SPEC Setosa reply
- To: Multiple recipients of list <email@example.com>
- Subject: SPEC Setosa reply
- From: ECPep <ECPep@aol.com>
- Date: Sat, 13 Dec 1997 21:49:33 -0700 (MST)
In a message dated 97-12-13 23:12:50 EST, Kathy H. writes;
<< Have you tried breeding lines of I. setosa? You stated only that you
grow them, so am not sure. The question I have is whether breeding
within one species, no matter that it seems quite variable, is a more
manageable program (& more achievable) than hybridizing complex plants
such as TB's. Griff Crump suggested such, but encouraged me to ask a
broader audience. I had gotten it into my head that wild species were
brimming with conflicting & elusive characteristics, very difficult to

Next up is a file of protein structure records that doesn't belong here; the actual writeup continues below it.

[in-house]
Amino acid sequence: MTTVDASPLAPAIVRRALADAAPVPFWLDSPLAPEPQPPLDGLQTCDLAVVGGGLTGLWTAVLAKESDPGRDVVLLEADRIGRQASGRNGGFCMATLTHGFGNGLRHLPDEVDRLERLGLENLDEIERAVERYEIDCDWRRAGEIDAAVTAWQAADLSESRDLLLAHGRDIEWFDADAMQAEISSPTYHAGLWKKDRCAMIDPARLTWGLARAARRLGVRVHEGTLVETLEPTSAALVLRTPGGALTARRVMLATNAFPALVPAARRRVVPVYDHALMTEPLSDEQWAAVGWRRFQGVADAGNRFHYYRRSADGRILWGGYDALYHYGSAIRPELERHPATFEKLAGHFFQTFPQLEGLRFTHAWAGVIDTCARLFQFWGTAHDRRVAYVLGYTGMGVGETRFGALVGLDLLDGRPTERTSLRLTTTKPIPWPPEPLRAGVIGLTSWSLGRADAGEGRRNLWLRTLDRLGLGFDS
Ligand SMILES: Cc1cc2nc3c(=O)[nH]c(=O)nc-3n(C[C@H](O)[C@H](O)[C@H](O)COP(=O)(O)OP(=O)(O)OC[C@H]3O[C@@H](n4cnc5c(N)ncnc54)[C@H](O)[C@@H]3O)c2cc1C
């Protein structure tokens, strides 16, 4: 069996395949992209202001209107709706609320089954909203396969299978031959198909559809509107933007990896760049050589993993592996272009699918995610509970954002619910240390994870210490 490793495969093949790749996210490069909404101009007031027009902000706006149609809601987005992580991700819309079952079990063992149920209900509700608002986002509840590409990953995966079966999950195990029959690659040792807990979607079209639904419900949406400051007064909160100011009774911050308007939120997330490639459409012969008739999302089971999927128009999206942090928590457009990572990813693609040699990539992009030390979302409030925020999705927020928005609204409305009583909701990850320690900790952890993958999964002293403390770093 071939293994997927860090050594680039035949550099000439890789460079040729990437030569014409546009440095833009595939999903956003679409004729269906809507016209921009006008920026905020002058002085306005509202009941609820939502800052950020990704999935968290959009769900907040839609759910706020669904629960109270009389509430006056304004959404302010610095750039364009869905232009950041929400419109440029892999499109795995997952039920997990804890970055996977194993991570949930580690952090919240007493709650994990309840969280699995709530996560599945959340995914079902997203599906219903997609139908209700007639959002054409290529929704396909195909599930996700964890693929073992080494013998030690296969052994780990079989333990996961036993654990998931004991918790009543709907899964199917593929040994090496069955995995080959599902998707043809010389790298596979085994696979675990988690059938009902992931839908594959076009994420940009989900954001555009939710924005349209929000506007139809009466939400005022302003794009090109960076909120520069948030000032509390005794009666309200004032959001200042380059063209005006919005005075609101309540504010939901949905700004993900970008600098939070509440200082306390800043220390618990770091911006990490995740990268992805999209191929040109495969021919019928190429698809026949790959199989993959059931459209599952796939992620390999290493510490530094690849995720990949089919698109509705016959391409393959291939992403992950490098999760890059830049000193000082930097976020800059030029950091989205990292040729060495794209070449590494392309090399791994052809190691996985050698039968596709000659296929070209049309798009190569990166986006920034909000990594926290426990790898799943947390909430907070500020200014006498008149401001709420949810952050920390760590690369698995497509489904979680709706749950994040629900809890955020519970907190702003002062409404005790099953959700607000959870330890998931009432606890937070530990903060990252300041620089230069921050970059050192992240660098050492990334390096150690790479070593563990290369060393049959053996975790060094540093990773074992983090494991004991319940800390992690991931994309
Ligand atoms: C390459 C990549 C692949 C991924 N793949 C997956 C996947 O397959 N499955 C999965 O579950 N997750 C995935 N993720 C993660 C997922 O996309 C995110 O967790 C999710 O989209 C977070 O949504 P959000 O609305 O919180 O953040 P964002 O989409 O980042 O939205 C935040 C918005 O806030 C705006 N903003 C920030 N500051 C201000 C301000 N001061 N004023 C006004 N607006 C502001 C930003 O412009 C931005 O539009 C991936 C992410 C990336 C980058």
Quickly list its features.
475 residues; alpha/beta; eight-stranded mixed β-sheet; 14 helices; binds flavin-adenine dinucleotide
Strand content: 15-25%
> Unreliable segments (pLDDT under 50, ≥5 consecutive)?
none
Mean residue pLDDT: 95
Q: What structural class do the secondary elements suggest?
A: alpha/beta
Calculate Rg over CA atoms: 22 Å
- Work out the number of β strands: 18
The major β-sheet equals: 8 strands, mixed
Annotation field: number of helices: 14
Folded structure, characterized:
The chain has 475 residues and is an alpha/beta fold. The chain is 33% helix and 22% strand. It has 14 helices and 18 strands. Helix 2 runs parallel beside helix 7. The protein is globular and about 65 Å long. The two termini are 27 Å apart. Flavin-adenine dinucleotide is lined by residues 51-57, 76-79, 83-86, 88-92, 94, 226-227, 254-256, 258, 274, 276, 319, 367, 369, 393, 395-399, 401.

tame & pin down. Now I'm wondering if I don't have it easy.
Also just read here that I. hookeri is now separate from I. setosa. It
seemed that there were just enough differences in the two to warrant
that (speaking as an amateur). >>
There must be someone around New England or some other cold spot that has
worked with setosa and can have a meaningful exchange with you.
Sometime this month the SIGNA seed list comes out and there are always various
forms of setosa on that list. The donor of the seed is listed as well so you
could corespond with that donor. I raised some setosa from SIGNA seed and got
a double flower on one stalk. My plants here in zone 4 are very vigorous.
SIGNA is the species iris group section of the American Iris Society. You
must join the AIS first, then for, I think, four dollars you join SIGNA. The
SIGNA newsletters are uniformly good for species fanciers. I would think you
would benefit from this connection. There may be some setosa articles in the
past, I would write to the secretary. All of this information is available on
the AIS web page.
East Nassau, NY
zone 4 - Berkshire area